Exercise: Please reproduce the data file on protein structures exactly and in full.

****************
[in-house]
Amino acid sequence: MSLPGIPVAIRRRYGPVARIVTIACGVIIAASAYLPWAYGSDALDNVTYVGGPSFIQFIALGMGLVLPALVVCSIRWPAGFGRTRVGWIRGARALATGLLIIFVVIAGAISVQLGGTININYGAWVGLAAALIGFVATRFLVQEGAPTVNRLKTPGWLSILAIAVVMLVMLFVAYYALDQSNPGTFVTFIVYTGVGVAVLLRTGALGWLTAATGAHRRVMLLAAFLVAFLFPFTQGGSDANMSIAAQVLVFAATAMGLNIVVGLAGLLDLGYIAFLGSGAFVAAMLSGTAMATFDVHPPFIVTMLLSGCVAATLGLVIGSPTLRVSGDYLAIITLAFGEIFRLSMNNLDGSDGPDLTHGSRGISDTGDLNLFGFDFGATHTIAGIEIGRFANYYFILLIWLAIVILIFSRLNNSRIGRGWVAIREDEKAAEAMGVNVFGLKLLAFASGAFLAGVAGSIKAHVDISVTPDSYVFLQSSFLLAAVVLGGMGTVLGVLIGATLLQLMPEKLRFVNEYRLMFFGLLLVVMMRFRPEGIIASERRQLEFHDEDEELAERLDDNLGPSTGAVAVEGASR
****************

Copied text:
[in-house]
Amino acid sequence: MSLPGIPVAIRRRYGPVARIVTIACGVIIAASAYLPWAYGSDALDNVTYVGGPSFIQFIALGMGLVLPALVVCSIRWPAGFGRTRVGWIRGARALATGLLIIFVVIAGAISVQLGGTININYGAWVGLAAALIGFVATRFLVQEGAPTVNRLKTPGWLSILAIAVVMLVMLFVAYYALDQSNPGTFVTFIVYTGVGVAVLLRTGALGWLTAATGAHRRVMLLAAFLVAFLFPFTQGGSDANMSIAAQVLVFAATAMGLNIVVGLAGLLDLGYIAFLGSGAFVAAMLSGTAMATFDVHPPFIVTMLLSGCVAATLGLVIGSPTLRVSGDYLAIITLAFGEIFRLSMNNLDGSDGPDLTHGSRGISDTGDLNLFGFDFGATHTIAGIEIGRFANYYFILLIWLAIVILIFSRLNNSRIGRGWVAIREDEKAAEAMGVNVFGLKLLAFASGAFLAGVAGSIKAHVDISVTPDSYVFLQSSFLLAAVVLGGMGTVLGVLIGATLLQLMPEKLRFVNEYRLMFFGLLLVVMMRFRPEGIIASERRQLEFHDEDEELAERLDDNLGPSTGAVAVEGASR